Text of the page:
It is being dubbed the Great Train Snobbery or simply – and perhaps predictably – ticketgate.
George Osborne was facing acute embarrassment last night after his aides were caught demanding he be allowed to sit in a first-class train carriage with a standard-class ticket.
The Chancellor boarded the Virgin train to London at his constituency stop of Wilmslow with his aides. But rather than turn to sit in the second-class carriage for which he'd paid, Mr Osborne went right and took his place in the more salubrious and less crowded first-class carriage.
And there he remained until he was accosted by a ticket inspector who demanded he pay the £160 surcharge for first class. The contretemps might never have come to light if it had not been for an alert television journalist who happened to be sitting near by.
In a series of updates via Twitter, Rachel Townsend, who works for Granada News, wrote: "Very interesting train journey to Euston Chancellor George Osborne just got on at Wilmslow with a STANDARD ticket and he has sat in FIRST CLASS."
As news of Mr Osborne's embarrassment broke journalists rushed to get to Euston station in time to meet his train. A shaken-looking Chancellor decided not to use the public exit from the platform, which would have led him to the packed waiting area, instead walking through a security gate. But he failed to escape reporters who repeatedly asked him why he "could not just travel in standard class like everyone else".
He refused to answer – glared at reporters – and carried on walking. One journalist was manhandled out of the way by a man accompanying Mr Osborne. Keith Young, 60, a physician from London, was on the train. He said: "He had no right to make a standoff. Why did he buy a standard ticket [if he wanted to sit in first class]?"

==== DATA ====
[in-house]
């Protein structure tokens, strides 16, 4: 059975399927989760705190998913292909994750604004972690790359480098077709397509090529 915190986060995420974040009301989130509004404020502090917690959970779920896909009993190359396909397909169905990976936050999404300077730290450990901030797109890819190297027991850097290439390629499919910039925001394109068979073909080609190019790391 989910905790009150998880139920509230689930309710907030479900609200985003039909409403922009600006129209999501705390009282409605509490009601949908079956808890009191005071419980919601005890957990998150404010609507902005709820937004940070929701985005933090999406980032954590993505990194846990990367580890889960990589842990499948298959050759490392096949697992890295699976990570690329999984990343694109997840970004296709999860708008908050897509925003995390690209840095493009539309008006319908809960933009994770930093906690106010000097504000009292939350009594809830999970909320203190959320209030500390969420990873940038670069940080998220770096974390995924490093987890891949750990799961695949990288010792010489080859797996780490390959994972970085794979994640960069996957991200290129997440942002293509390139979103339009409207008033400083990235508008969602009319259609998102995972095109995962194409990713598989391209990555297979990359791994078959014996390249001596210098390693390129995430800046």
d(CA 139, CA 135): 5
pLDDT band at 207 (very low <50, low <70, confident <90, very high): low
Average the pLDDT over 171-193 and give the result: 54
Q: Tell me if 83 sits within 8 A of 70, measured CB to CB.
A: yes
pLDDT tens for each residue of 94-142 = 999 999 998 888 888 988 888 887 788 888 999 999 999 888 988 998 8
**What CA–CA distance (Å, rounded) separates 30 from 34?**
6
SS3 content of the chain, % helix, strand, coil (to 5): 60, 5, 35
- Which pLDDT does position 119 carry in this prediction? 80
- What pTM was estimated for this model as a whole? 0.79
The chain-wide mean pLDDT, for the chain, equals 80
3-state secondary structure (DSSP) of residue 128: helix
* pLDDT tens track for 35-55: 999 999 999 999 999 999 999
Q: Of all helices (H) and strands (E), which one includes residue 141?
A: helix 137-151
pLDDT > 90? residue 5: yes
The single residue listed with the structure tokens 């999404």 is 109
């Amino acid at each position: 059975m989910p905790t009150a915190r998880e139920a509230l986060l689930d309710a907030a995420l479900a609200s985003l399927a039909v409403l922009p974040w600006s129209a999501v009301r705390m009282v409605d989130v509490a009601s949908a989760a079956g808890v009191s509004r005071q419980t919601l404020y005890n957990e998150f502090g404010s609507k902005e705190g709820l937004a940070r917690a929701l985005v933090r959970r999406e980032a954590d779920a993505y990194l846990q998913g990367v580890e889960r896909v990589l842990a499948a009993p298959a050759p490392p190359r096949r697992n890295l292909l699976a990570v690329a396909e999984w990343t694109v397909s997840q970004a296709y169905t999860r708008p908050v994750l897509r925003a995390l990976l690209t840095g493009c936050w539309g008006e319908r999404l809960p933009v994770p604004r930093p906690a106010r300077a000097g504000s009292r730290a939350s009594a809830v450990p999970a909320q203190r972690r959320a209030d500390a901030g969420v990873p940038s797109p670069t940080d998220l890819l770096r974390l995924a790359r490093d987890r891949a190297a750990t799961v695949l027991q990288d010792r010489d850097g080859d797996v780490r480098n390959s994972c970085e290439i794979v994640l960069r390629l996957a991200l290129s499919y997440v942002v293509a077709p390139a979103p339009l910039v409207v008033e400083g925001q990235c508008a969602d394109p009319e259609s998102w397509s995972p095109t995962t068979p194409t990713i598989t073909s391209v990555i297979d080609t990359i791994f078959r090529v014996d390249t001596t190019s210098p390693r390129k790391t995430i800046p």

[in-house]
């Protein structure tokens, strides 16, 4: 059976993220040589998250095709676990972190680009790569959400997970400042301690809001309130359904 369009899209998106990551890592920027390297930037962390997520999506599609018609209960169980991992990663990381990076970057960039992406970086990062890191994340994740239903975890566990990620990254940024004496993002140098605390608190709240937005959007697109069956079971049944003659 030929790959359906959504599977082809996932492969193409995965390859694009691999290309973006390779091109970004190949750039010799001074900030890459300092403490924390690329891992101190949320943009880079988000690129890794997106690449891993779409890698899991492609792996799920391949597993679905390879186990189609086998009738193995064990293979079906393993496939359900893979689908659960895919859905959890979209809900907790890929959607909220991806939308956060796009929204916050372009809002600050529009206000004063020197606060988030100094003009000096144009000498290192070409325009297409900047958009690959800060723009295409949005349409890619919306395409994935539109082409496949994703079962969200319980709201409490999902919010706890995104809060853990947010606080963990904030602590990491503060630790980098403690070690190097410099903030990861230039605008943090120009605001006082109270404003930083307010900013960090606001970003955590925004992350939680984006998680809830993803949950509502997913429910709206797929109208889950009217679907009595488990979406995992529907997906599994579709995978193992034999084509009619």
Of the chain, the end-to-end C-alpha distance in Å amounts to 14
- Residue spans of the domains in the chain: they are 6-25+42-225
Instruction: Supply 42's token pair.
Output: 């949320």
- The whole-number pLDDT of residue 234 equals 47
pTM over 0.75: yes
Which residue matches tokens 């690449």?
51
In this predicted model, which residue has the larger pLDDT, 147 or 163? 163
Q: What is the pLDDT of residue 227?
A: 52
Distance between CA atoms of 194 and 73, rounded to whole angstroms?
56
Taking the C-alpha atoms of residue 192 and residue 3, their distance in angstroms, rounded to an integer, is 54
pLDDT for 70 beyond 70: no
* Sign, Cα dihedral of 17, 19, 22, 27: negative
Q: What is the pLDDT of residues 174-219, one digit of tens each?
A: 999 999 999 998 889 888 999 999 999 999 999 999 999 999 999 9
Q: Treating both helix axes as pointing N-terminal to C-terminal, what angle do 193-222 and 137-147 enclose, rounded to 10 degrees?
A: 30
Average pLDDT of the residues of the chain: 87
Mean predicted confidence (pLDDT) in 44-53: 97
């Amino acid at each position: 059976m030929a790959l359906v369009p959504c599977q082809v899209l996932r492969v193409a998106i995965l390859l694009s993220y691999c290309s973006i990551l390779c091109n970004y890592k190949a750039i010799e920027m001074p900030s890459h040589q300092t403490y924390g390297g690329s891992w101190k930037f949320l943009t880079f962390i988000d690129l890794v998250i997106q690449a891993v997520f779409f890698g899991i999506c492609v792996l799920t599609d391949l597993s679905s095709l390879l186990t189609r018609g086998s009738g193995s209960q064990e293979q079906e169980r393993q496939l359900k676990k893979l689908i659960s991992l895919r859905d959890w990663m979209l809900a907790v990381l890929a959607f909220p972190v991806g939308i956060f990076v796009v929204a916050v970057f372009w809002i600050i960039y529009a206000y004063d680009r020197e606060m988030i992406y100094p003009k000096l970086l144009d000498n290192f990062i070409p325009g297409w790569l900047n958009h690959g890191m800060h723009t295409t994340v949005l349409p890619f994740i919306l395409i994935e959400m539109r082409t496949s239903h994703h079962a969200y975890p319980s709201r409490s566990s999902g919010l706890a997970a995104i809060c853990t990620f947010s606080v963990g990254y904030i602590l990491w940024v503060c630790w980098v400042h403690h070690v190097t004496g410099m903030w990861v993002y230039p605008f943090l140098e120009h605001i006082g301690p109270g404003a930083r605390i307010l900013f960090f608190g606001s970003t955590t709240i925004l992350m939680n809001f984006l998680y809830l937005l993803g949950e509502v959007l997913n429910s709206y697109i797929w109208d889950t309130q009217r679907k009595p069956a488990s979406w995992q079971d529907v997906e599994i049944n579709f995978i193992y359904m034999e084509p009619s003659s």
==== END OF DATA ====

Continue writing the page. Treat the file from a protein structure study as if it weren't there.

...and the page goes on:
Justin Bateman, 34, a civil servant from Manchester, added: "Fair's fair, he should be saving the taxpayer money. But definitely, he should not be sitting in first class."
The timing of the incident could not be worse for the Chancellor already under attack from Labour – and even his own backbenchers – for being an "out of touch rich-boy".
The incident happened on Virgin Trains – which was controversially stripped of the right to run the franchise before the Government admitted to serious mistakes in the franchise process. Labour seized on the row, with shadow Cabinet Officer minister Michael Dugher saying: "Another day, another demonstration of how out of touch this Government is. Just like Andrew Mitchell, George Osborne obviously thinks it's one rule for him and another for the plebs he's so keen to sit apart from. So much for 'we're all in it together'."
Bob Crow, leader of the RMT rail union, said: "This says it all about this rotten Government. Here we have a millionaire Chancellor who thinks he's above the normal rules and laws."Reuse content